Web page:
ruction of the vessels for the Confederate Government in France was undertaken by the builders with the tacit understanding that the French authorities would not prevent their delivery on completion.
But owing, undoubtedly, to the European apprehensions, when the rams were about ready for sea, peremptory orders were given by the French Government that all the vessels should be sold.
The orders were obeyed, and the Stonewall (then the Sphynx) was purchased by Denmark, just as the Schleswig-Holstein war was closing.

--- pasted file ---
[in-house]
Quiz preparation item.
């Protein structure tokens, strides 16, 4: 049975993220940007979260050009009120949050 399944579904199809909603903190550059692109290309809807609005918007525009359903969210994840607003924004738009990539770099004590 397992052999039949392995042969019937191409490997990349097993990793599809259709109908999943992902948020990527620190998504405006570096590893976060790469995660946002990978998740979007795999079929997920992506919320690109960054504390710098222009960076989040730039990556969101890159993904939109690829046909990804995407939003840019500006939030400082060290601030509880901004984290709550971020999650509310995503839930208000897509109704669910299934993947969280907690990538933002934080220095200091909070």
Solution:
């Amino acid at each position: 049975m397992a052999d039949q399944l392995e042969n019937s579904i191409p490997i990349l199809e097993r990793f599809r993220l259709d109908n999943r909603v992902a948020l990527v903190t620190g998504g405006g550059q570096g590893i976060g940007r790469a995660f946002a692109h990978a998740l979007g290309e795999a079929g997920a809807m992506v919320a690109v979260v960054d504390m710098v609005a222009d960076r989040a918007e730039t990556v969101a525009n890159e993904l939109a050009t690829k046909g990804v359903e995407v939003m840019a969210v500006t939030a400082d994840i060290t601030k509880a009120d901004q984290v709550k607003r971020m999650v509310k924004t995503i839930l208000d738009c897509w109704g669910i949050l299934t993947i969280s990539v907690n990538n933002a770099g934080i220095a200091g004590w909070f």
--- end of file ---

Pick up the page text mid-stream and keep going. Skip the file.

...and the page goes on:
Delay in the completion and final delivery of the ram to Denmark made that government lukewarm in carrying out the terms of the purchase, as by this time the war was at an end and the ship was not required.
When, therefore, a proposition was made by the builder to repurchase the Sphynx, after delivery at Copenhagen, the Danish authorities accepted it without hesitation, and, as a natural sequence, she passed into the possession of the Confederate agents, was by them put i